Walking & Talking A Bad Combo
Through this study, Mark Neider, a postdoctoral research associate at the University of Illinois' Beckman Institute, hopes people will be more conscious of their surroundings and activities. “They should be aware that their ability to do certain tasks can be impaired when they are using these types of devices,” Neider said. “I’m not going to sit here and tell people not to talk on their cell phones. But be aware and act accordingly. If you are talking on a cell phone and about to cross a street, maybe tell somebody to hold on for a second.”
The study used virtual reality equipment to analyze three groups of college students. The first group crossed a virtual street with no distractions. The second group listened to music on an iPod, and the third group talked on a cell phone. During the study, none of the students were hit by virtual cars, but the results did show that talking on a cell phone is a distraction while crossing a street. In addition, researchers wonder if the results would have been different if the subjects were under real-world pressures of having to be somewhere at a specific time. The study did not provide statistics regarding how frequently people are injured when walking and talking on cell phones.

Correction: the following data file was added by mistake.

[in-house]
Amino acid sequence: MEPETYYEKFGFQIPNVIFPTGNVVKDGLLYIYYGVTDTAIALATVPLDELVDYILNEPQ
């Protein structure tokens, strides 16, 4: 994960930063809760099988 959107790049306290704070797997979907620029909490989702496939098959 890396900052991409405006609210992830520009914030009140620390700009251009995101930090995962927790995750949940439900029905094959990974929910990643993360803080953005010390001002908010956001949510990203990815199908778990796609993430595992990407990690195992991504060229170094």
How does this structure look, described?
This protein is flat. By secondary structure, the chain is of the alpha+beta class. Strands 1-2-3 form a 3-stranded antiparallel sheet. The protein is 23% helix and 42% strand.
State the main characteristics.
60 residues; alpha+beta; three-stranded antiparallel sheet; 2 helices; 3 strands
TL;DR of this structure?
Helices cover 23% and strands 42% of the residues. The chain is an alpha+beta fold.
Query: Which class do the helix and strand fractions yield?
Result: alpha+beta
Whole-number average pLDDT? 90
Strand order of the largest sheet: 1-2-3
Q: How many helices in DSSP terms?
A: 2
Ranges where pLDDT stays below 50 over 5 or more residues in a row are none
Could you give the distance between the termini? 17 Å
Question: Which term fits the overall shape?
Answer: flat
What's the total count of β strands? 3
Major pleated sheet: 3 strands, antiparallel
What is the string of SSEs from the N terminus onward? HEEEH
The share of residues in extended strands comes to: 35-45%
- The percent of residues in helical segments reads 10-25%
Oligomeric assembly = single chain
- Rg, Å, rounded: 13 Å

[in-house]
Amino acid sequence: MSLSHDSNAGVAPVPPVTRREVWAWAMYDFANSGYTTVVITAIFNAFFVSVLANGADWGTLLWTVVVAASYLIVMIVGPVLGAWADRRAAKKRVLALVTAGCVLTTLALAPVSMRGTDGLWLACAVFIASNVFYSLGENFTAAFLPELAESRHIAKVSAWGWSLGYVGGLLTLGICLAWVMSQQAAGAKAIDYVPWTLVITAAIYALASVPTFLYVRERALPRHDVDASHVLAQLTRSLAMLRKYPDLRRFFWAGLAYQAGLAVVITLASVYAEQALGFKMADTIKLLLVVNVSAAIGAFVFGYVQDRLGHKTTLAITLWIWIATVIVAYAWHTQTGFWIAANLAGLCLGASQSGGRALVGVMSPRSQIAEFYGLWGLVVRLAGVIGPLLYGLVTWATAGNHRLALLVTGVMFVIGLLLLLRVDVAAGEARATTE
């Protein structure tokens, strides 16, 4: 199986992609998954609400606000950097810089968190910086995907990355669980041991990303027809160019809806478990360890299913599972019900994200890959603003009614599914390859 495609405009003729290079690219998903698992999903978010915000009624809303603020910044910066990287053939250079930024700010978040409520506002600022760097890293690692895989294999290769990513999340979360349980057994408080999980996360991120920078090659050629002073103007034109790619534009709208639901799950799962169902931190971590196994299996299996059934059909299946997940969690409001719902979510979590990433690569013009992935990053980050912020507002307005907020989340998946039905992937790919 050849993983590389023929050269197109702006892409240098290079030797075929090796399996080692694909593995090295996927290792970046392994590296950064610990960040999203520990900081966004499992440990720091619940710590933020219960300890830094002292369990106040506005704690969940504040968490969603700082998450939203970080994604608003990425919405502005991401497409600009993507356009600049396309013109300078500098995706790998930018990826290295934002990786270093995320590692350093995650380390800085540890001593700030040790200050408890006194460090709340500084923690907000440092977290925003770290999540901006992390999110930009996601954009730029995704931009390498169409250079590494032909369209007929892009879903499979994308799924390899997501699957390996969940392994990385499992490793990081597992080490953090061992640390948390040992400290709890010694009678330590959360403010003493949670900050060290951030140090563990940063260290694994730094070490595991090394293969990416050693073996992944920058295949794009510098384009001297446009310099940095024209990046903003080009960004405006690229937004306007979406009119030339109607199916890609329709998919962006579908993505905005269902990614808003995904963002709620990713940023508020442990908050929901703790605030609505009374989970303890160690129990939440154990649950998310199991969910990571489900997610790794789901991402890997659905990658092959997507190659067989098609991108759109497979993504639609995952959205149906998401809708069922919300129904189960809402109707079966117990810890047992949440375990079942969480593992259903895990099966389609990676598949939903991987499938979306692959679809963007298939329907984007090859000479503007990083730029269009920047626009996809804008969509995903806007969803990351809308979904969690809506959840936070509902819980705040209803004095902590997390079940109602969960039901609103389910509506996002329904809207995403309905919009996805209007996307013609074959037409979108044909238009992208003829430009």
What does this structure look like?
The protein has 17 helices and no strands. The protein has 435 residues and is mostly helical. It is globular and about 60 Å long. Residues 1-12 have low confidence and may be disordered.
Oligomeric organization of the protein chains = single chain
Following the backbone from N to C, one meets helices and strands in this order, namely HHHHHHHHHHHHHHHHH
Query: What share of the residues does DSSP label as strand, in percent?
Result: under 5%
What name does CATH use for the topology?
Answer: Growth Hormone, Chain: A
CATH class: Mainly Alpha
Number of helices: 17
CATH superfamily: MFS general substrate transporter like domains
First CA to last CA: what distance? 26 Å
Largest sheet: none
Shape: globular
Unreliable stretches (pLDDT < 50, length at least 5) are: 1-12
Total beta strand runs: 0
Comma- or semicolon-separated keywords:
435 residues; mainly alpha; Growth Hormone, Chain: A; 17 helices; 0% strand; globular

"Whereas in the real world, people are often in a rush," Neider said. "They run around like ants marching in New York. Everybody has to get somewhere and they have to be there five minutes ago. It's possible that when you are under this sort of pressure you are more likely to take higher risks in that situation and when you talking on a cell phone you may have problems."
Research that centers on using a cell phone while doing other activities is sure to continue. Beckman Institute researcher Art Kramer said future studies include looking at the nature of the dual task interaction involved in crossing a street while distracted. For example, even though the data showed listening to an iPod was not distracting, Kramer wondered if this might have more to do with the fact that subjects were listening to music rather than something that might require more concentration such as a podcast on a scientific topic.